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JennAir Single Wall Oven model# JJW8130DDB, Beeps

7 posts in this topic

This Jennair single wall oven model# JJW8130DDB  makes two quick beeps every 60 seconds.  The customer cooked a baked potato one day, the next this beeping started, she turned the breaker of to get it to shut up. Does anybody have a manual for some sort of test sequence or is it a board replacement?  Thanks

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Need appliance parts? Call 877-803-7957 now!

Gotta have a fault code, it doesn't just beep for no reason.

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tech sheets

16022507.pdf

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I have been sent on many wild goose chases by board diagnostics and service manual recommended fixes suggesting board replacement only to find a bad thermal fuse or malfunctioning probe. So now I always check fuses, probe and door switches on all oven repairs before I replace a board. It can be a pain but can save time and the embarrasment of putting in a board only to find out it was a thermal limit fuse. No matter if you show the customer the service manual or error code advising board replacement, he will start to second guess your expertise as you give him the refund.
(ps... you can always tell the customer it needed a fuse as well as a board...but you may wind up in the seventh circle of appliantological hell so we won't ever do that now would we? :devil:)

Edited by DurhamAppliance
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No matter if you show the customer the service manual or error code advising board replacement, he will start to second guess your expertise as you give him the refund.

(ps... you can always tell the customer it needed a fuse as well as a board...but you may wind up in the seventh circle of appliantological hell so we won't ever do that now would we? :devil:)

 

Excellent pernts, Brother Durham.  I would just offer that when I'm in situations where the manufacturer does not give detailed enough tech info for me to distinguish between a bad board or something else, I will replace both the board and the other component in question and quote the job up-front as such.  My rationale is that 1) if I replace just the board, the peripheral component in question may take out the board again a short time later and 2) if even the manufacturer doesn't know enough about the circuitry (or isn't bothering to tell me in the available tech info) then who am I, a mere appliance field warrior, to attempt to get into the smokey mind of the ganja engineers who designed the rat trap I'm working on?  and 3) avoiding needless loss of customer confidence, as you pointed out.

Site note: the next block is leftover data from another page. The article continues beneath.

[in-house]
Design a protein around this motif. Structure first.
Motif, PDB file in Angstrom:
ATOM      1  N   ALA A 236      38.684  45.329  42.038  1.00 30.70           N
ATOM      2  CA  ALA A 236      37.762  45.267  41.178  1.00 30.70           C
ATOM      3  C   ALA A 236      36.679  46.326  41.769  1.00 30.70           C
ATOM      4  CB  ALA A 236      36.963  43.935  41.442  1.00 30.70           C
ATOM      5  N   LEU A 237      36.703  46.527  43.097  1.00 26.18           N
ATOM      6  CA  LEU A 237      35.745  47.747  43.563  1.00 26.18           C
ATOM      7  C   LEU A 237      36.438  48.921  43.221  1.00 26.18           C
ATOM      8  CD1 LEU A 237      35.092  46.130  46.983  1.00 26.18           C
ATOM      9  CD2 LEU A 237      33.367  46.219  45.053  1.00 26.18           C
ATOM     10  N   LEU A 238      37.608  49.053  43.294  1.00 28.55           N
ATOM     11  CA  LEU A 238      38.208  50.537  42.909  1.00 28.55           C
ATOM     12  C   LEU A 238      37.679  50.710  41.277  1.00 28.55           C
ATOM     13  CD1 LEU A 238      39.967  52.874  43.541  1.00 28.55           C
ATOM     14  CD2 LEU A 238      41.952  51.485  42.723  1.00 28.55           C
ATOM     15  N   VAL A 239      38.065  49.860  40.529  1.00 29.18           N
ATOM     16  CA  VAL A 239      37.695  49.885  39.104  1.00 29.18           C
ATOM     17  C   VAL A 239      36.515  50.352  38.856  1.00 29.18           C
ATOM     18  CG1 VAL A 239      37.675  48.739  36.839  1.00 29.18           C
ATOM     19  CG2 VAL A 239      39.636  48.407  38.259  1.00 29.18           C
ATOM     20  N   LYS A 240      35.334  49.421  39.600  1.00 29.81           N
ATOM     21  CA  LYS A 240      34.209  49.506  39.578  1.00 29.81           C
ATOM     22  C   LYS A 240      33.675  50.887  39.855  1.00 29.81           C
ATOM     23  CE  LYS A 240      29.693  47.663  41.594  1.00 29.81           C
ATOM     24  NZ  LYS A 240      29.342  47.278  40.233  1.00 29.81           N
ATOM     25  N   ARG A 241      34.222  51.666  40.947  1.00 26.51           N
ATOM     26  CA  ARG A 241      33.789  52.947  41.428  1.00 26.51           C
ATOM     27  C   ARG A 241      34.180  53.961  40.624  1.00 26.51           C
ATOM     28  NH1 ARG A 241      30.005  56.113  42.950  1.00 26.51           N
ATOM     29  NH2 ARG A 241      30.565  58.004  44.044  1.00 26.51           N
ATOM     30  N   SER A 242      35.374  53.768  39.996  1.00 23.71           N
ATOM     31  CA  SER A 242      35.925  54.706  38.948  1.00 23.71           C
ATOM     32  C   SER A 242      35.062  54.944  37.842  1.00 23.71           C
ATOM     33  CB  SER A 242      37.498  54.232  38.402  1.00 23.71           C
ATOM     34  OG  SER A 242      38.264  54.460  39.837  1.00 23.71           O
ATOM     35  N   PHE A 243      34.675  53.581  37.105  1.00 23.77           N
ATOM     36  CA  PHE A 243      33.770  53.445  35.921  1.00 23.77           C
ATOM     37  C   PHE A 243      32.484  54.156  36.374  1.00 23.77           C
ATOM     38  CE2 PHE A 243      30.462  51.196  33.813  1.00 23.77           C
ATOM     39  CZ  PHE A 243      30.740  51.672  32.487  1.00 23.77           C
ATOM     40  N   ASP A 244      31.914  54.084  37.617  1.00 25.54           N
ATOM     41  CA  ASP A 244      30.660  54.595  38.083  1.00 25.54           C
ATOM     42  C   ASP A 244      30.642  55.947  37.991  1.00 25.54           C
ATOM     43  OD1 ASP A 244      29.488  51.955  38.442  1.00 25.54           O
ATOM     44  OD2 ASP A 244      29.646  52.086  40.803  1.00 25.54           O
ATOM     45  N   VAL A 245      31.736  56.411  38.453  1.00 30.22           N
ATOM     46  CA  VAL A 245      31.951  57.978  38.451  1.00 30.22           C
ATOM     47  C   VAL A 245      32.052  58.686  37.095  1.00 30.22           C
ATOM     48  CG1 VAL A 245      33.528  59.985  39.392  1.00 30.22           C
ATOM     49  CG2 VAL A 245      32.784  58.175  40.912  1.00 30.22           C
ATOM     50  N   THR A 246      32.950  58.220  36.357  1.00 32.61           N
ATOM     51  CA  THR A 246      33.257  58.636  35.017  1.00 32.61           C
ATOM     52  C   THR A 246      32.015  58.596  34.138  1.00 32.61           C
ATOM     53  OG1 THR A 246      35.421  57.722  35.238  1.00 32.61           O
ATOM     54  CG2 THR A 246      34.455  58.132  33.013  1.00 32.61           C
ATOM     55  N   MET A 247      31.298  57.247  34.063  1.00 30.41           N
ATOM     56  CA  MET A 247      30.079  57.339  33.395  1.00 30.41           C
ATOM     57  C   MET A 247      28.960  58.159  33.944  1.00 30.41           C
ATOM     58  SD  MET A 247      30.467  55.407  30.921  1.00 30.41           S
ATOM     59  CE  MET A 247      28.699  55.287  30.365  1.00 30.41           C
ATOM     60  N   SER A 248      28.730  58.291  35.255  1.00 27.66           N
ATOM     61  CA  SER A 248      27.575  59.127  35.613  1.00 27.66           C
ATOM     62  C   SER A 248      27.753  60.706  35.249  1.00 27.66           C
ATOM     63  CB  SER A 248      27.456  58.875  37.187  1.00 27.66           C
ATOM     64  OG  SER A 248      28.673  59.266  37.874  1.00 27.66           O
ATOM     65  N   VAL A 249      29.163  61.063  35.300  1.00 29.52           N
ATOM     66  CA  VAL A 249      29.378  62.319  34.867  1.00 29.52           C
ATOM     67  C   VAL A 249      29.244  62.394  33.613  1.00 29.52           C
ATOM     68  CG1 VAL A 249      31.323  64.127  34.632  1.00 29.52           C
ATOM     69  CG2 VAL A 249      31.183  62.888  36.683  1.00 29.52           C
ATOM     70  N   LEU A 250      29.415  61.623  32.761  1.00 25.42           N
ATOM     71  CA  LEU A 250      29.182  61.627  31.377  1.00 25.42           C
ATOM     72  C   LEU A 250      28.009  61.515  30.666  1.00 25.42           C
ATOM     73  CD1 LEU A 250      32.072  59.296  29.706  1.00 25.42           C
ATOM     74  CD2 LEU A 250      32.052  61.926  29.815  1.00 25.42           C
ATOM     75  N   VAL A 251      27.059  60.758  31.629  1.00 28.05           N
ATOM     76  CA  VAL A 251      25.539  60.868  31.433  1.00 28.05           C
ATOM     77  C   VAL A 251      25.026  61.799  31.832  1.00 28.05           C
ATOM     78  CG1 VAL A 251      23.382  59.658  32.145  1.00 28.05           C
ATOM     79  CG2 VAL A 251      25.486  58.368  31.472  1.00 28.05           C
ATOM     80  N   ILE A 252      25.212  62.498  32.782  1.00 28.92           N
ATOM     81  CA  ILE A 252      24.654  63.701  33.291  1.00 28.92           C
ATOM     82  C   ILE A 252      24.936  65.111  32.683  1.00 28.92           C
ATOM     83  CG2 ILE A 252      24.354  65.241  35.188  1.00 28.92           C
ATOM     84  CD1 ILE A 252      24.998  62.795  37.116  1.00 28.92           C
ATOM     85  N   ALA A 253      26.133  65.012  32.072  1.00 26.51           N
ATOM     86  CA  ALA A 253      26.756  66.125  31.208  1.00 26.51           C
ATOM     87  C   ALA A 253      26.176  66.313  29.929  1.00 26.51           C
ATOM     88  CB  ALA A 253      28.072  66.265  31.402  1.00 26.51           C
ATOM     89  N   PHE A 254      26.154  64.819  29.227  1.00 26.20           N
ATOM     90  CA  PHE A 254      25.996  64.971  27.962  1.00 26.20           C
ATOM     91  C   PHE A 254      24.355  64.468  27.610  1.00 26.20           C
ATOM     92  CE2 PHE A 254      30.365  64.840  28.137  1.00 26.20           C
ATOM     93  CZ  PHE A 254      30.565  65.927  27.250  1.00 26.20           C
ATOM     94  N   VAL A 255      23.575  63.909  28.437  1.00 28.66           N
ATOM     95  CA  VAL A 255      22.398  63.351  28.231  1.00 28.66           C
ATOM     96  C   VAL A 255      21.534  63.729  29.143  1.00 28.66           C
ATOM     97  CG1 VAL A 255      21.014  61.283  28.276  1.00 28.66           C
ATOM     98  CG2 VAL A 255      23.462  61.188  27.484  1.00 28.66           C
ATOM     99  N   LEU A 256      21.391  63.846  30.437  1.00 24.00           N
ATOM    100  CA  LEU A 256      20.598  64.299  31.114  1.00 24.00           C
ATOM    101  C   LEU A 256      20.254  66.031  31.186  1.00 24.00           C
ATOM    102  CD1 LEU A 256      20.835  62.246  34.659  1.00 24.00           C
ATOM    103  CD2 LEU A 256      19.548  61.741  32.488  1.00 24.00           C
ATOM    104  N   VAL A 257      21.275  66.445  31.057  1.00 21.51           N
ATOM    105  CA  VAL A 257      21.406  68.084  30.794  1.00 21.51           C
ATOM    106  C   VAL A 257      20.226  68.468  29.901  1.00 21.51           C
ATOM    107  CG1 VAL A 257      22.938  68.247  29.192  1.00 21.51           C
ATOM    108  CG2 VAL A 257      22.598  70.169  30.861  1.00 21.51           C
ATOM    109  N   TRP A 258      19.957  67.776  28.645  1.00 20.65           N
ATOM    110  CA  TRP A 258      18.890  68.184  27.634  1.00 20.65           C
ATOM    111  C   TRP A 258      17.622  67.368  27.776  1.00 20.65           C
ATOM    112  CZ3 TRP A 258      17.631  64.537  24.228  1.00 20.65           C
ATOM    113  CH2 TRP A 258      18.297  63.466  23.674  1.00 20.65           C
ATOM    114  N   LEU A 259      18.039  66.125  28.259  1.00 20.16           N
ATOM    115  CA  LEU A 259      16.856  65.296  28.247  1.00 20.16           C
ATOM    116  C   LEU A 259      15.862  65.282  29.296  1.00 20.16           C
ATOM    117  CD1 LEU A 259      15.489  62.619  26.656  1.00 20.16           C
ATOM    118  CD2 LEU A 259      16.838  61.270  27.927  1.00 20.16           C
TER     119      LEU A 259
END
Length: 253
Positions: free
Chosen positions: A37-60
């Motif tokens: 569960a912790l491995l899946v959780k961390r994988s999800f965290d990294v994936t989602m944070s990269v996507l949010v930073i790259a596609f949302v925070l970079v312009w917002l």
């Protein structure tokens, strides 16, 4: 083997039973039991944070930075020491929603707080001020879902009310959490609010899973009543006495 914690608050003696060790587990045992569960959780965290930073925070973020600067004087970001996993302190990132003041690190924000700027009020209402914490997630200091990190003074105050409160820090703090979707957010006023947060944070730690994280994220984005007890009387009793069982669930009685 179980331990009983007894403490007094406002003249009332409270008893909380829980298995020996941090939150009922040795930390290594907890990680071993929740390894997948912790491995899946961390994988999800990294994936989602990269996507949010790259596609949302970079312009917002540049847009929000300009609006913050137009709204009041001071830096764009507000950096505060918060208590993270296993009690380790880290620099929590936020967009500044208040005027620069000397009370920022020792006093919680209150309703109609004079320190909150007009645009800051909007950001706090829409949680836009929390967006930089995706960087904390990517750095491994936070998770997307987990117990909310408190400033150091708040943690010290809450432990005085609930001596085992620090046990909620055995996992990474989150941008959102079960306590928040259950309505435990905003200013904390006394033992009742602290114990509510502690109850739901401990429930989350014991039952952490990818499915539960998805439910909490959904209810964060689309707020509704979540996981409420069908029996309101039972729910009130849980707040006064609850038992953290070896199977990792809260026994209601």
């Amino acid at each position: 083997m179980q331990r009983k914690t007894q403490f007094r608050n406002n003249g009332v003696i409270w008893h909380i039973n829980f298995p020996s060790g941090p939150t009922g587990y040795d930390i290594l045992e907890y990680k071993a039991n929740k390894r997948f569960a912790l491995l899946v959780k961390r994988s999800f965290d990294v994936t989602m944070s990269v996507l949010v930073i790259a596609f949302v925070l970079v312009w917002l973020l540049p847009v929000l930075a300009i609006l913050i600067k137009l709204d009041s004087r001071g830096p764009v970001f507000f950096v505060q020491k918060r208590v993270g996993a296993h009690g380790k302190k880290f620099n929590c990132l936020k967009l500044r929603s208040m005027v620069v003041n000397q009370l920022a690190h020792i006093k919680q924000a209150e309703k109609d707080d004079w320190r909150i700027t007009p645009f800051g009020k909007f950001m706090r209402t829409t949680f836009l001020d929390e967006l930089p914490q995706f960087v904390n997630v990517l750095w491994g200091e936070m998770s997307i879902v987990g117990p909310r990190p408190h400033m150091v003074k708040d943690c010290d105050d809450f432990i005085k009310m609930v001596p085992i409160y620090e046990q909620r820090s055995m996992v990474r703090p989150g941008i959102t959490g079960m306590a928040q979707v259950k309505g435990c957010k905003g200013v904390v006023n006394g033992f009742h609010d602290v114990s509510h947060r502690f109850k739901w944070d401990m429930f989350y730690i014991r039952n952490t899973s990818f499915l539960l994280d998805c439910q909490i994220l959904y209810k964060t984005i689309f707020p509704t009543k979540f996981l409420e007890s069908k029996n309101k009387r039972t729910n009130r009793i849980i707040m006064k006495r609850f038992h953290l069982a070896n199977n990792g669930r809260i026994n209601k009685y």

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Great advice! About a month or so ago I responded to a post about self-diagnosing boards and I discussed a repair where one oven board in diagnostic mode said "replace ecm". No codes but in plain english. Showed customer and I ordered a board. I posted that before I replaced the board and I did not post a follow up. Here's the follow up..

Of course, the new board gave the same suggestion because the original board was fine. The problem was a bad limit. The customer and I both called the board " a lying sack of sh@t" and he began to laugh. I was able to join in the laughter, relieved in the knowledge the new board was purchased through Repairclinic. The customer, however, opted to keep the new board and save one as a backup.

Next time Ifollowing your sage advice, I will tell the customer that the board is a "HALF-lying sack of sh@t" because we need to replace both the board and the limit.

Edited by DurhamAppliance
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Once again, I'm amazed at the collective wisdom of the group.  Thanks!

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